Alternative diagnostic strategies are available at a few reference laboratories, including PCR of whole blood, eschar biopsies, or eschar swabs, which are highly specific.14 Multiplex PCR15 or TaqMan Array Cards are used in cohort studies to test multiple targets,6 but these are not validated for clinical use, and sensitivity is suboptimal with whole blood samples, thus limiting clinical utility.16 The low clinical sensitivity of PCR compared with paired serology also leads to underestimates of febrile illness caused by rickettsiae and explains lower detection rates among prior analogous populations.17 For example, PCR in a pediatric acute febrile illness study in Zanzibar, Tanzania, did not detect any evidence of rickettsial infection in 83 children tested for SFGR by PCR. The established poor sensitivity of SFGR PCR makes conclusions about SFGR burden challenging. Approaches to optimize sensitivity include using buffy coat or direct eschar testing.15 The development and production of more sensitive and validated molecular assays offer the potential to address both surveillance and diagnostic challenges. Until then, additional epidemiologic studies using serial IFA are required to understand the epidemiology and impact of febrile illnesses caused by SFGR and Q fever in SSA.
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Pisharody M Sr et al., 2022. Incidence of acute Q fever and spotted fever group rickettsioses, Kilimanjaro, Tanzania, 2007–2008 and 2012–2014. Am J Trop Med Hyg 106: 494–503.
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Reller ME , Dumler JS , 2020. Optimization and evaluation of a multiplex quantitative PCR assay for detection of nucleic acids in human blood samples from patients with spotted fever rickettsiosis, typhus rickettsiosis, scrub typhus, monocytic ehrlichiosis, and granulocytic anaplasmosis. J Clin Microbiol 58: e01802–e01819.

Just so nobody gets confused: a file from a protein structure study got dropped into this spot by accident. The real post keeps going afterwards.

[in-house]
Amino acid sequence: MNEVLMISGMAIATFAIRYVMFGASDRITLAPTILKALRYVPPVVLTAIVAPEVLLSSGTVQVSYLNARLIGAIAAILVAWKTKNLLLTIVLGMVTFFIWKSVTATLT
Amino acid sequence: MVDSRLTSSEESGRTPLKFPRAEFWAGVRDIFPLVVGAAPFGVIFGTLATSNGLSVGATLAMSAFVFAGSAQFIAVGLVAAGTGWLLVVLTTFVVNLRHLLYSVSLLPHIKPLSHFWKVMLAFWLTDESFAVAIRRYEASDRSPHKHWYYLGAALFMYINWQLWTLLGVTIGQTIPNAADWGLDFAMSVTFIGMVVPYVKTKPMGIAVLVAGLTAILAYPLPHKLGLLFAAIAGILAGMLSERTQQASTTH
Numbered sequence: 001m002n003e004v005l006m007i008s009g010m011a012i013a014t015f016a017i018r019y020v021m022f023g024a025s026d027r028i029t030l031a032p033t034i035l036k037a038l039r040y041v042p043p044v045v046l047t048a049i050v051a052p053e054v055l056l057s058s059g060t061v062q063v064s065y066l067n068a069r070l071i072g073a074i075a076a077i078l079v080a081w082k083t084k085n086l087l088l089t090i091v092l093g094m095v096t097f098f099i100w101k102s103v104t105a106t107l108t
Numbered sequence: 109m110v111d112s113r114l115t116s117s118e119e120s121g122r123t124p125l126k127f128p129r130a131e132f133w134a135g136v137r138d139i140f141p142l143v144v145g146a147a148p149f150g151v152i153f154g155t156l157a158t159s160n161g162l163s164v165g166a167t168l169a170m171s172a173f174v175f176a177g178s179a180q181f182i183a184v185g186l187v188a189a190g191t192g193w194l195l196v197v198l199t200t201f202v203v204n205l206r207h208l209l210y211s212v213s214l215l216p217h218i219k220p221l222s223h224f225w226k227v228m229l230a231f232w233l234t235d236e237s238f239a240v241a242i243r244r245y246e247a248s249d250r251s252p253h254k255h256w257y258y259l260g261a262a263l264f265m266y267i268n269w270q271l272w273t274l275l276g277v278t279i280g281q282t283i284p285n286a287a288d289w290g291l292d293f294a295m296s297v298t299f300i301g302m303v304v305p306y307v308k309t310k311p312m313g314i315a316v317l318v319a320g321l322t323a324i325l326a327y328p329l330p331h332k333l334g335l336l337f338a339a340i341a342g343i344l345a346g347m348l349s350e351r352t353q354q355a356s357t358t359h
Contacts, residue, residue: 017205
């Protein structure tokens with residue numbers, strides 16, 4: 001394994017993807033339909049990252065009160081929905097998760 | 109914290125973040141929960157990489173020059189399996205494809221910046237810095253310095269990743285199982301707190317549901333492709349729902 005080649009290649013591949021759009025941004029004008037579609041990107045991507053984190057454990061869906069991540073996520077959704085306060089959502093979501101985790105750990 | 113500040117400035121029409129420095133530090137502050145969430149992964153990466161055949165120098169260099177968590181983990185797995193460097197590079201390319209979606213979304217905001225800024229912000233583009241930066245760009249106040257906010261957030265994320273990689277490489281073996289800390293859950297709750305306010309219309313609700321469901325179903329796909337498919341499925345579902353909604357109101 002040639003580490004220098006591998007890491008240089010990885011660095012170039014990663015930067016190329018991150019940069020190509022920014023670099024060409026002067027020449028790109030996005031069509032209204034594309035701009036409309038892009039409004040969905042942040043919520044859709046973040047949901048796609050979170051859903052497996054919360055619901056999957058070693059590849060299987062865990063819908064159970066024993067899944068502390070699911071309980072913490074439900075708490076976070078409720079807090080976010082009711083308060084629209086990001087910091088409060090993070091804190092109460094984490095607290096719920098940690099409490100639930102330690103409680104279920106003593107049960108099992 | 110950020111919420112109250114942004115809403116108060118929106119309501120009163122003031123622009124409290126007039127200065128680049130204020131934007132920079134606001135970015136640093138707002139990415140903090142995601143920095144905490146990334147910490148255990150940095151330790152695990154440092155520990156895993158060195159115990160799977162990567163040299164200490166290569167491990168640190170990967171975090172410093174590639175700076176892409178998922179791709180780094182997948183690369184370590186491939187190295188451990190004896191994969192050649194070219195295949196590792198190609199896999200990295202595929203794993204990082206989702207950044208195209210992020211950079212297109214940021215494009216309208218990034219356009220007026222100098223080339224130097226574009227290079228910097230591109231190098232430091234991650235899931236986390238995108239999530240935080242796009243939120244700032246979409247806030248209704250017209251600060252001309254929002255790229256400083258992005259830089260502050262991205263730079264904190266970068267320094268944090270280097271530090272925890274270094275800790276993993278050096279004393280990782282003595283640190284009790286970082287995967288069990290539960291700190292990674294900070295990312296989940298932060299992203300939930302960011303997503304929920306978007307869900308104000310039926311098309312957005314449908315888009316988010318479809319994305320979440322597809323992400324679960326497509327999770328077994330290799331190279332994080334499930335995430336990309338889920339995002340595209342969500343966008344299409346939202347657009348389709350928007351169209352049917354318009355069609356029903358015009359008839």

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Reller ME Dumler JS 2020. Optimization and evaluation of a multiplex quantitative PCR assay for detection of nucleic acids in human blood samples from patients with spotted fever rickettsiosis, typhus rickettsiosis, scrub typhus, monocytic ehrlichiosis, and granulocytic anaplasmosis. J Clin Microbiol 58: e01802– e01819.
Paris DH , Dumler JS , 2016. State of the art of diagnosis of rickettsial diseases: the use of blood specimens for diagnosis of scrub typhus, spotted fever group rickettsiosis, and murine typhus. Curr Opin Infect Dis 29: 433–439.
Hercik C et al., 2017. A diagnostic and epidemiologic investigation of acute febrile illness (AFI) in Kilombero, Tanzania. PLoS One 12: e0189712.